Arabidopsis seems to lack a VAMP of the Snc1/2p-class (orthologous with VAMP 1/synaptobrevin 1 in mammals). VAMPs of this class are known to be required for secretion (Protopopov et al., 1993; McMahon and Sudhof, 1995). Whether another Arabidopsis VAMP-homolog has replaced the Snc1/2p-type protein in this capacity should be examined.

Equally unique is the observation that the only ortholog of Sec22p in Arabidopsis actually encodes a protein with a C-terminal coiled-coil centered on a Val residue instead of an Arg. This gene is expressed in Arabidopsis; however, whether it can function in the role of a Sec22p-type protein remains to be determined. If not, it seems that Arabidopsis lacks two vital classes of VAMP isoforms.

Arabidopsis does have a gene family of two members encoding Ykt6p-orthologs. In a similar manner, a gene family of four members encodes VAMP7 orthologs, a mammalian VAMP isoform probably involved in endosomal/lysosomal trafficking (Advani et al., 1999). It is interesting that Arabidopsis encodes a distinct gene family of seven members that also show homology to VAMP7, including some genes that encode proteins lacking membrane anchors. The roles of this large number of potential VAMP7 homologs remains unstudied.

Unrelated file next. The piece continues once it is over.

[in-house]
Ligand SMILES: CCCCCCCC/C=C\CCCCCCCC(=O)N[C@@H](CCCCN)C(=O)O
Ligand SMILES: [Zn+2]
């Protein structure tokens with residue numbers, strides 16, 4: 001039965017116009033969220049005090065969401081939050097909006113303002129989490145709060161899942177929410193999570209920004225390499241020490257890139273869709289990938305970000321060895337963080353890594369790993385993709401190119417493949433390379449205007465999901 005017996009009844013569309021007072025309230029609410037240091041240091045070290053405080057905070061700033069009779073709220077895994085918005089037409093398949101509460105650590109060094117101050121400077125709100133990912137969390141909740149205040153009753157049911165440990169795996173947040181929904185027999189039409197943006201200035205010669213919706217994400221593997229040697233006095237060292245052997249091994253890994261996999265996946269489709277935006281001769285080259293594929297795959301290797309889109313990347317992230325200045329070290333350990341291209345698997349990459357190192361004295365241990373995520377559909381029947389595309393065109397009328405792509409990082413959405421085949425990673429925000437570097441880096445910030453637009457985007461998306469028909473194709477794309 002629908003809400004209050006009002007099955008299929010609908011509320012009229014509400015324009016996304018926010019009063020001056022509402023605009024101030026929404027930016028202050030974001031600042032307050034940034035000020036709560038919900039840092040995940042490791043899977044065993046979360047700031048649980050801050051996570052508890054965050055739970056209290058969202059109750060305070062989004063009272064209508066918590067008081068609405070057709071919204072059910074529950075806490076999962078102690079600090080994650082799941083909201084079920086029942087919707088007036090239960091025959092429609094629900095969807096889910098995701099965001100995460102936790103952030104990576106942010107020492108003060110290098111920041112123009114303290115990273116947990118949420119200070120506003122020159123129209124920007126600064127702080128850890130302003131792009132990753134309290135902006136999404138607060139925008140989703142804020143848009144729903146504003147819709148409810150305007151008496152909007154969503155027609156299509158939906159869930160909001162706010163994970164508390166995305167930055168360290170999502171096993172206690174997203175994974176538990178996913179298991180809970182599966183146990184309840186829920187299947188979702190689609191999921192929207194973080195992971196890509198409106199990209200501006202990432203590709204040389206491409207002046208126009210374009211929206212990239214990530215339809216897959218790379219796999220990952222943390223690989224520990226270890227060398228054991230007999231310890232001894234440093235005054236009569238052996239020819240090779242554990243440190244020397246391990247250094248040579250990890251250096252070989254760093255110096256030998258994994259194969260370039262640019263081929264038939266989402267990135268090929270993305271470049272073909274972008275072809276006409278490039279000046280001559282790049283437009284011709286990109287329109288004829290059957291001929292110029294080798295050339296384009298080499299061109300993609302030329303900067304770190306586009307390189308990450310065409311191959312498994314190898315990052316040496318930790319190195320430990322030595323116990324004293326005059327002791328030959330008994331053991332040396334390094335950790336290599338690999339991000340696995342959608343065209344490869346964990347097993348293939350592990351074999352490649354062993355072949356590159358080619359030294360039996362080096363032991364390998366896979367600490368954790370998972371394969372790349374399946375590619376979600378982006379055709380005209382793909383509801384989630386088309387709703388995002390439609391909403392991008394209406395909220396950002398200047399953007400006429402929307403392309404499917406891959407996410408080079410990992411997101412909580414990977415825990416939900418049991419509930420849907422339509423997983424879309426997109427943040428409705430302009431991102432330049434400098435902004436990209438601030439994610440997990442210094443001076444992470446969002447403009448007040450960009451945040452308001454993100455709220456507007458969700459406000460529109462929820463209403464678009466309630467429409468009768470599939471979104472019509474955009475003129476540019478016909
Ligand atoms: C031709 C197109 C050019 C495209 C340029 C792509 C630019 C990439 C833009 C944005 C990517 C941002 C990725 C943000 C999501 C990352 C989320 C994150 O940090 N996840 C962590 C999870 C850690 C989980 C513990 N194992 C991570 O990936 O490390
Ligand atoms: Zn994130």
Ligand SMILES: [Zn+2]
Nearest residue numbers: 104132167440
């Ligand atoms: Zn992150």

NSF AND SNAPs

The SNARE complex is remarkably stable once formed and requires a great deal of energy to disassemble (Fasshauer et al., 1998). It is believed that this is the role of two soluble proteins, NSF and SNAP. The SNARE complex serves as a binding site for SNAP, which then recruits NSF. The ATPase activity of NSF then serves to disassemble the SNARE complex, freeing the components for subsequent pairing and fusion events. As in other eukaryotes NSF is a single-copy gene in Arabidopsis (see Table III). The yeast genome encodes a single SNAP, called Sec17p, whereas the mammalian genome codes for three types of SNAPs: α-, β-, and γ-SNAP. Arabidopsis encodes two isoforms of the α-SNAP type and one of the γ-SNAP type (see Table III).